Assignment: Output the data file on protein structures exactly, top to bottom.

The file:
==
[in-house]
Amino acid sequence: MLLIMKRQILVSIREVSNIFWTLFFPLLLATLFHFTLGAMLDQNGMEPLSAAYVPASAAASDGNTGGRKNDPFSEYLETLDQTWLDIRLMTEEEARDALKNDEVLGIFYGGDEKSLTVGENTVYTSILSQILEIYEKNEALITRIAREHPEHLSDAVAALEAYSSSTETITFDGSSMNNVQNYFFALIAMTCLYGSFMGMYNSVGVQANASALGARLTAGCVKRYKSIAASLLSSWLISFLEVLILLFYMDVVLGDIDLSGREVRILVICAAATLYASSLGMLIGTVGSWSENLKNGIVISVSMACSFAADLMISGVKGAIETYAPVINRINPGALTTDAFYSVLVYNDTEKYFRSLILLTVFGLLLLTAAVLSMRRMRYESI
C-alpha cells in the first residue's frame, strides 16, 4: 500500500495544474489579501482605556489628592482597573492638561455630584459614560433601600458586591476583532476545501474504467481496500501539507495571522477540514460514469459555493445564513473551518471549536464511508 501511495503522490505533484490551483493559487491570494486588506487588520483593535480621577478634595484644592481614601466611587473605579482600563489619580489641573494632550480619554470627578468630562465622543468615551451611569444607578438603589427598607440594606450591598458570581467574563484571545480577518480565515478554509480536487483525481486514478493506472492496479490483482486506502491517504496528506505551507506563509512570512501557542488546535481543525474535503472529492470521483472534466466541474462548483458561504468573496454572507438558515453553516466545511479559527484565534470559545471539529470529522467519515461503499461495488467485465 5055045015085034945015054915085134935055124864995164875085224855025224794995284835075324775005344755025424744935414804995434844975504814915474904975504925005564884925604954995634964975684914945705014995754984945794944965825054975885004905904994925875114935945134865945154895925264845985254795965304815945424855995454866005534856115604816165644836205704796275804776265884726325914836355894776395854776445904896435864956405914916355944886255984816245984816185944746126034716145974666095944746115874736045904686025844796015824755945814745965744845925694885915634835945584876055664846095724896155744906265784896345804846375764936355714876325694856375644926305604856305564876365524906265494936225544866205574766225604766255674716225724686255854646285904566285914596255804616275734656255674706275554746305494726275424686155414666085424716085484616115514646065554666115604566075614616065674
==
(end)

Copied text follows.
[in-house]
Amino acid sequence: MLLIMKRQILVSIREVSNIFWTLFFPLLLATLFHFTLGAMLDQNGMEPLSAAYVPASAAASDGNTGGRKNDPFSEYLETLDQTWLDIRLMTEEEARDALKNDEVLGIFYGGDEKSLTVGENTVYTSILSQILEIYEKNEALITRIAREHPEHLSDAVAALEAYSSSTETITFDGSSMNNVQNYFFALIAMTCLYGSFMGMYNSVGVQANASALGARLTAGCVKRYKSIAASLLSSWLISFLEVLILLFYMDVVLGDIDLSGREVRILVICAAATLYASSLGMLIGTVGSWSENLKNGIVISVSMACSFAADLMISGVKGAIETYAPVINRINPGALTTDAFYSVLVYNDTEKYFRSLILLTVFGLLLLTAAVLSMRRMRYESI
C-alpha cells in the first residue's frame, strides 16, 4: 500500500495544474489579501482605556489628592482597573492638561455630584459614560433601600458586591476583532476545501474504467481496500501539507495571522477540514460514469459555493445564513473551518471549536464511508 501511495503522490505533484490551483493559487491570494486588506487588520483593535480621577478634595484644592481614601466611587473605579482600563489619580489641573494632550480619554470627578468630562465622543468615551451611569444607578438603589427598607440594606450591598458570581467574563484571545480577518480565515478554509480536487483525481486514478493506472492496479490483482486506502491517504496528506505551507506563509512570512501557542488546535481543525474535503472529492470521483472534466466541474462548483458561504468573496454572507438558515453553516466545511479559527484565534470559545471539529470529522467519515461503499461495488467485465 5055045015085034945015054915085134935055124864995164875085224855025224794995284835075324775005344755025424744935414804995434844975504814915474904975504925005564884925604954995634964975684914945705014995754984945794944965825054975885004905904994925875114935945134865945154895925264845985254795965304815945424855995454866005534856115604816165644836205704796275804776265884726325914836355894776395854776445904896435864956405914916355944886255984816245984816185944746126034716145974666095944746115874736045904686025844796015824755945814745965744845925694885915634835945584876055664846095724896155744906265784896345804846375764936355714876325694856375644926305604856305564876365524906265494936225544866205574766225604766255674716225724686255854646285904566285914596255804616275734656255674706275554746305494726275424686155414666085424716085484616115514646065554666115604566075614616065674